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Making PPE More Comfortable: Gloves

The only effective personal protective equipment (PPE), is the one that is worn. It is not only a legal requirement to wear the PPE as described in a pesticides label, but good practice for protecting yourself from pesticide exposure. Making that PPE more comfortable will not only ensure you are complying with the label, but will reduce the incentive to remove, alter, or otherwise be distracted by this necessary safety component.

Perhaps the most important piece of PPE that a pesticide applicator can wear are the gloves. Nearly 97% of pesticide exposure occurs via contact with the skin, and the hands are arms are the most common place for this to occur, making proper glove selection critical (https://edis.ifas.ufl.edu/pi157). Wearing thicker reusable gloves is often required, and desired for applications, but many hours wearing these looser gloves can cause blisters and chaffing.

Reusable Nitrile Gloves, alone chaffing can be an issue

Reusable Nitrile Gloves, alone chaffing can be an issue

Some applicators resort to lotions, powders and other means to try and keep their hands dry, but these methods have marginal success. In my experience putting on smaller tighter surgical gloves, made of nitrile can reduce this chaffing. These gloves keep hands dry and protected from chaffing, particularly if powder is put on the hands before the surgical gloves are added.

Disposable "surgical" gloves underneath reusable gloves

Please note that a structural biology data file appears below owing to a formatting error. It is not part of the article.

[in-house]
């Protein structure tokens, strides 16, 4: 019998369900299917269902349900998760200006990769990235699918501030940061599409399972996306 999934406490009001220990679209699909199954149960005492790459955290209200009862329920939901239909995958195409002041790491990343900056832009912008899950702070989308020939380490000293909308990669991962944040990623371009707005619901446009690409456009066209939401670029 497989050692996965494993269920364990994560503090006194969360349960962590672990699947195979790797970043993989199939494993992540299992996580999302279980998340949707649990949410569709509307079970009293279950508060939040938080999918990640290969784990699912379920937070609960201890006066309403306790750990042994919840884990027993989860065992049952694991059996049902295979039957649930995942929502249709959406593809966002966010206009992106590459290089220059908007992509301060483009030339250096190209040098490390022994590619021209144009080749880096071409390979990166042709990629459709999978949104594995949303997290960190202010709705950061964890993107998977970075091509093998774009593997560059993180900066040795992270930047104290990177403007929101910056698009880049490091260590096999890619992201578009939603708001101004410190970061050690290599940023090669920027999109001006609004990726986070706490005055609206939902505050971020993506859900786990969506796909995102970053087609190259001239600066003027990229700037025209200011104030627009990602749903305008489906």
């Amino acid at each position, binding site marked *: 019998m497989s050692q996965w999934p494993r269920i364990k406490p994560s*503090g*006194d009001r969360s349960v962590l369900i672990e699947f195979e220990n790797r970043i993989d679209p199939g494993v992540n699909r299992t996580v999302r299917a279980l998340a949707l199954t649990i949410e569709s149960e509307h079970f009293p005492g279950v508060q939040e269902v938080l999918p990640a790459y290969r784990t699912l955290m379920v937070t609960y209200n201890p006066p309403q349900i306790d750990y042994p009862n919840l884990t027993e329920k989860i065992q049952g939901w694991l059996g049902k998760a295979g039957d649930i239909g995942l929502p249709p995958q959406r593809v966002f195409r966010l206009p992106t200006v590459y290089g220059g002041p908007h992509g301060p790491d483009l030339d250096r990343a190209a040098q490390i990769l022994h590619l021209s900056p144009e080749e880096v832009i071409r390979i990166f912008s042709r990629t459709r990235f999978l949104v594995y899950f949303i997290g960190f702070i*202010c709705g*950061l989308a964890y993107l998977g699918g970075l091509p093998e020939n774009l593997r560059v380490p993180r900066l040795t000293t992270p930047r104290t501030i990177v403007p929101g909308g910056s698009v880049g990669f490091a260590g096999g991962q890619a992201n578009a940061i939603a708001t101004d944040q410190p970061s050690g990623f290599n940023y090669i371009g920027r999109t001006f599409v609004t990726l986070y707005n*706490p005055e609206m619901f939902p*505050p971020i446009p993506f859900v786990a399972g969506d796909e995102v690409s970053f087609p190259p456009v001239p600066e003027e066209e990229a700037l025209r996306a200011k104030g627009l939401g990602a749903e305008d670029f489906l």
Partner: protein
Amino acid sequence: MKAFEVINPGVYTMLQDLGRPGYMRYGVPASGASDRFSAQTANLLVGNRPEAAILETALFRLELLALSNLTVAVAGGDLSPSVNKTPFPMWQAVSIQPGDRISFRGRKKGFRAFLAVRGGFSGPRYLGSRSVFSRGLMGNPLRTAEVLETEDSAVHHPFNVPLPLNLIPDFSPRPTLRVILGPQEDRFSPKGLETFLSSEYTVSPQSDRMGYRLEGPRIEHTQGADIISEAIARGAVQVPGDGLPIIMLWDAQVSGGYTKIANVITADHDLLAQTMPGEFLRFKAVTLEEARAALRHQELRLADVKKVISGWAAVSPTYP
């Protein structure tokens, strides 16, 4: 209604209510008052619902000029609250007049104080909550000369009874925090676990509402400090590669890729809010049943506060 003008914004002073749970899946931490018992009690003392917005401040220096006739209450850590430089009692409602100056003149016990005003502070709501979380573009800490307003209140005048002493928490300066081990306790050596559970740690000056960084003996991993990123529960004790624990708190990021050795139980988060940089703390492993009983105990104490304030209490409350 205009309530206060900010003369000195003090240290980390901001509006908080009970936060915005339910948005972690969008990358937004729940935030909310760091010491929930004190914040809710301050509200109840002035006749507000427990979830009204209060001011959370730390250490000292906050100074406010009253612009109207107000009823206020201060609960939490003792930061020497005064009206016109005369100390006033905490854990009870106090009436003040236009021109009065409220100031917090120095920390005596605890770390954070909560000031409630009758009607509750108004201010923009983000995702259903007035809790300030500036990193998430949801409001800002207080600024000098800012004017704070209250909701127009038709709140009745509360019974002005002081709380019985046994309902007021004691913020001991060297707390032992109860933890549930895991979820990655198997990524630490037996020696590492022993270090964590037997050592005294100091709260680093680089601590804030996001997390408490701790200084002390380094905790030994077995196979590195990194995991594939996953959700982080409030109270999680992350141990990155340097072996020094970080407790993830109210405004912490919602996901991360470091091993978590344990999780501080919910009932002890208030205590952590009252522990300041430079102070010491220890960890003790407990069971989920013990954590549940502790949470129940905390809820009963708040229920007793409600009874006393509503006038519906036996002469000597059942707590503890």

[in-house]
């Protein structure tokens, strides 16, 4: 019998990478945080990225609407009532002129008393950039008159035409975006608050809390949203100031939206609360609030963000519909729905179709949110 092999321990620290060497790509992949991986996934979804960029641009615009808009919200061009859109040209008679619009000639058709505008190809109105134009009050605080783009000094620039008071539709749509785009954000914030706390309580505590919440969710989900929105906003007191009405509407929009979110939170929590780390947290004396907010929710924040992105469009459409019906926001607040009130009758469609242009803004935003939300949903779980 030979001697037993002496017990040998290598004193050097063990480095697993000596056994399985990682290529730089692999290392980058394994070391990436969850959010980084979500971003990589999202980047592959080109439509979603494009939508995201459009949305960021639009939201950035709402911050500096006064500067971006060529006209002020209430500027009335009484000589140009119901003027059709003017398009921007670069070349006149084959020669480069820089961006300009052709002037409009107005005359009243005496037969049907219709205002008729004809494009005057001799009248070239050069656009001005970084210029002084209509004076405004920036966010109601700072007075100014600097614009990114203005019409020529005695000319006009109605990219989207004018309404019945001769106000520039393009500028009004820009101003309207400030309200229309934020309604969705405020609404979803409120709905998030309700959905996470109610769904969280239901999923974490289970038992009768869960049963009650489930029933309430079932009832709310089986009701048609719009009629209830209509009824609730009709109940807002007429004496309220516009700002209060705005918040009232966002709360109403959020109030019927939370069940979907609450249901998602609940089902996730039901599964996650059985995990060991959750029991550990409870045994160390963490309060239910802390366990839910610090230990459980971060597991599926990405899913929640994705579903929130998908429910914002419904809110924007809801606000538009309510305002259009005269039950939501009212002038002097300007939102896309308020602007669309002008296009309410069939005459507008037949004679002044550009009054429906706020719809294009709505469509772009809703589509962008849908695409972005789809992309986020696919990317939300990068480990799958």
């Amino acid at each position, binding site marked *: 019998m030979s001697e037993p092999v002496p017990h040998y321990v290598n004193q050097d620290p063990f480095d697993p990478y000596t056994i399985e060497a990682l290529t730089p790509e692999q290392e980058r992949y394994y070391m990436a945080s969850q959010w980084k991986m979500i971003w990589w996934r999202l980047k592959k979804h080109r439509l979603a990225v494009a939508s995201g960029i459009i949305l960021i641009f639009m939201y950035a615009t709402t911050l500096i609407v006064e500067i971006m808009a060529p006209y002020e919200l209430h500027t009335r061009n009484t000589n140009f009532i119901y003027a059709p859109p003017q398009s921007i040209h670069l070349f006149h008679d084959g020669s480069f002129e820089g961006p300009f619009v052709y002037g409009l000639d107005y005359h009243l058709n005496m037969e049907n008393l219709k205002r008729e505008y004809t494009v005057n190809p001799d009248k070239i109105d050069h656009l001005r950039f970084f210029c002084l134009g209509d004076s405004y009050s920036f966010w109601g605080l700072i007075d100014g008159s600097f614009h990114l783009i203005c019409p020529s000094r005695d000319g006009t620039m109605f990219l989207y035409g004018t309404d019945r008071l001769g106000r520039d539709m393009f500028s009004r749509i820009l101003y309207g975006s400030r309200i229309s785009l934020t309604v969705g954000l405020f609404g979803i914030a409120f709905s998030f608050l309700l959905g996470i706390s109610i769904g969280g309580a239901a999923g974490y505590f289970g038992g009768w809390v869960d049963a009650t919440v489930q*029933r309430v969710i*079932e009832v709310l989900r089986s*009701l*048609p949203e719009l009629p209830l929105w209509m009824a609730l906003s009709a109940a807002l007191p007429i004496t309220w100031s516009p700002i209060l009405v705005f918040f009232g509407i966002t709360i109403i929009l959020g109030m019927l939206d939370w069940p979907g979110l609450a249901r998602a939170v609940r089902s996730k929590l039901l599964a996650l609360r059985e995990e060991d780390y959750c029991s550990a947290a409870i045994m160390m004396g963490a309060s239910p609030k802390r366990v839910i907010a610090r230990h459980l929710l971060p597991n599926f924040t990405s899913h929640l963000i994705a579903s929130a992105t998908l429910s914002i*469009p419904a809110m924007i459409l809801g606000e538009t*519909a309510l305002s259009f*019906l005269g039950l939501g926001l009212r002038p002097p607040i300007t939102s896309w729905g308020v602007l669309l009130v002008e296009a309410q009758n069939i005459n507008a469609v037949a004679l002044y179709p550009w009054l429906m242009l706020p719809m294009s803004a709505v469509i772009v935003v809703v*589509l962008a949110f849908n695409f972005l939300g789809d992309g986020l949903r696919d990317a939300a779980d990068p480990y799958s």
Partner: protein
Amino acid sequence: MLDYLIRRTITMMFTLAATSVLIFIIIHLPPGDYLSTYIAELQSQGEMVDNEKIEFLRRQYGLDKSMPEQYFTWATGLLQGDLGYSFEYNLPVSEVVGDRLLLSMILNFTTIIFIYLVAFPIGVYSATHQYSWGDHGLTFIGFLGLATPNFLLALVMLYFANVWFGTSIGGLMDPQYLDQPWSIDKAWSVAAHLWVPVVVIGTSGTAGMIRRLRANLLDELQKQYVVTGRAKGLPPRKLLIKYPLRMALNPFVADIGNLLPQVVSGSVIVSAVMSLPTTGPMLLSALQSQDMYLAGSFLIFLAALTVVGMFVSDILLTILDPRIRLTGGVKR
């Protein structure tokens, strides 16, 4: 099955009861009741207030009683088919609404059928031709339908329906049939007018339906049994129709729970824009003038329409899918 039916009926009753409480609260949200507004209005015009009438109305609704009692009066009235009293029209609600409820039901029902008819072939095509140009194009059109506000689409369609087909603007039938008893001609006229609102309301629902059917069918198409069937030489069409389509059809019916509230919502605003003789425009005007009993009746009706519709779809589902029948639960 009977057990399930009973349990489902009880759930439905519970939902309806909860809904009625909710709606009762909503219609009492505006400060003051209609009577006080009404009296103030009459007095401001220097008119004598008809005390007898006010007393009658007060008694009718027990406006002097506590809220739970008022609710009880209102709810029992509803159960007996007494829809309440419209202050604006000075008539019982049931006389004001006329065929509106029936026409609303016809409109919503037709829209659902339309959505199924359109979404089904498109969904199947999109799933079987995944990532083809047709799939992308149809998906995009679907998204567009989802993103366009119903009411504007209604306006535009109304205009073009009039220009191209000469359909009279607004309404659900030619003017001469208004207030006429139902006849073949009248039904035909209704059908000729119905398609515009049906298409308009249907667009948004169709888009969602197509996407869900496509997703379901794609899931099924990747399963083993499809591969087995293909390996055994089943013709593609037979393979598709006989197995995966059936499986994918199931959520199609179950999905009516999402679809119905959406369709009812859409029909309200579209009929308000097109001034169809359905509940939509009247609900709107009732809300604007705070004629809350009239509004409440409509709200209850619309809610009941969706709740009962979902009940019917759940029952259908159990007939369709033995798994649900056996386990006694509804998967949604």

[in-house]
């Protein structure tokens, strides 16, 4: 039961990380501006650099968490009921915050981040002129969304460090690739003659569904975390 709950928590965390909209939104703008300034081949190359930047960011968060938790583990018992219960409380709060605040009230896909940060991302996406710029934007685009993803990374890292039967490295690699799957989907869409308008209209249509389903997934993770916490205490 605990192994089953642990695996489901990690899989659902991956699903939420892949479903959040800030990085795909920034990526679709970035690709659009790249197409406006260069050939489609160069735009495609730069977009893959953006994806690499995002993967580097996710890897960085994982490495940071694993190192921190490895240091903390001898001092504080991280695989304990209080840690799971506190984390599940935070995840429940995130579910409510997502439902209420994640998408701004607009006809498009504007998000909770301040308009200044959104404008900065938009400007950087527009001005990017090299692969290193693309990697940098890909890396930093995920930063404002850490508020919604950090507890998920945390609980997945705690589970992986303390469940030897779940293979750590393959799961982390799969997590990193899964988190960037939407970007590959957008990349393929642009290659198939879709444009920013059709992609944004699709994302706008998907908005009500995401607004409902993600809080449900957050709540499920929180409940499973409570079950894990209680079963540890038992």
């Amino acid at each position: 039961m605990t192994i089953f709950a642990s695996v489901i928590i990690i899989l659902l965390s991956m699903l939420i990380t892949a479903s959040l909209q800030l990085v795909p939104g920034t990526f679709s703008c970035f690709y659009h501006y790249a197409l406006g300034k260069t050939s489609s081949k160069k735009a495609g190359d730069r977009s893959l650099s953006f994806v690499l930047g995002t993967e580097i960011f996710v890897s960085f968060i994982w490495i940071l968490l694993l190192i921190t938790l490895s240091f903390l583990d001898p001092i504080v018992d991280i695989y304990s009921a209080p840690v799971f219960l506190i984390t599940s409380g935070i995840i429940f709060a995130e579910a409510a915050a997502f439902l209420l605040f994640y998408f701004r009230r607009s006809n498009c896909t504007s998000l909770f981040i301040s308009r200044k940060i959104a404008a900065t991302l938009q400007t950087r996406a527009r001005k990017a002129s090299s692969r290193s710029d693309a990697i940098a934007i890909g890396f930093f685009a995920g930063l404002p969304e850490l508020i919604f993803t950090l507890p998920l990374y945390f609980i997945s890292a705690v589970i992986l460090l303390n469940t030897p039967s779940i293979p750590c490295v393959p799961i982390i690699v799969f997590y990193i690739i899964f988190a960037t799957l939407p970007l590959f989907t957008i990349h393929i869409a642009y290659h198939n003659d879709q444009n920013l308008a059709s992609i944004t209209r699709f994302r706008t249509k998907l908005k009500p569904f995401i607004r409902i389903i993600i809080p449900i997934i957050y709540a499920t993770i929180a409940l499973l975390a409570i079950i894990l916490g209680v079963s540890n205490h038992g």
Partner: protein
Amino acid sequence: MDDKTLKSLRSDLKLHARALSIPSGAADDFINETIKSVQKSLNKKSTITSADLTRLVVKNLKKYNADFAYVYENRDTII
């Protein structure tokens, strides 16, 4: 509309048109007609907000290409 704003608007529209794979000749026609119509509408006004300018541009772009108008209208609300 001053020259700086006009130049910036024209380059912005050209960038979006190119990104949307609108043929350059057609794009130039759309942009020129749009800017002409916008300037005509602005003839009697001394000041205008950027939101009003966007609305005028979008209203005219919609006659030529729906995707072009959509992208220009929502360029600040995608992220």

Disposable “surgical” gloves underneath reusable gloves

Comfort is not the only added benefit of this second layer of glove, you can also increase safety and reduce possible exposures. This secondary layer could protect against exposure if there is an unknown tear in the outside pair of gloves. Additionally, the inner gloves can be a protection when removing the outer gloves, which may have been exposed to drips and drift from the pesticide. Although properly rinsing and cleaning gloves before removal is the best practice, this is an easy step to overlook so the extra protection is that much more important. Once the outer gloves are removed, using sterile techniques to remove the inner gloves can ensure no exposure to bare skin (https://www.cdc.gov/vhf/ebola/pdf/poster-how-to-remove-gloves.pdf).

Single layer gloves, dirty glove could touch clean skin

Single layer gloves, dirty glove could touch clean skin

Clean disposable glove removing dirty reusable glove

Clean disposable glove removing dirty reusable glove

 

 

Clean inner gloves removed with sterile technique offer more protection

Clean inner gloves removed with sterile technique offer more protection

Clean hands touching interior surface of clean inner gloves

Clean hands touching interior surface of clean inner gloves

Always follow the instructions as found on the pesticide labeling to ensure you are wearing ALL the PPE required. Beyond merely complying with the label, finding small things, such as inner gloves, that make it more comfortable and much more likely to be worn properly, will help ensure that your PPE is used ALL the time, EVERY time.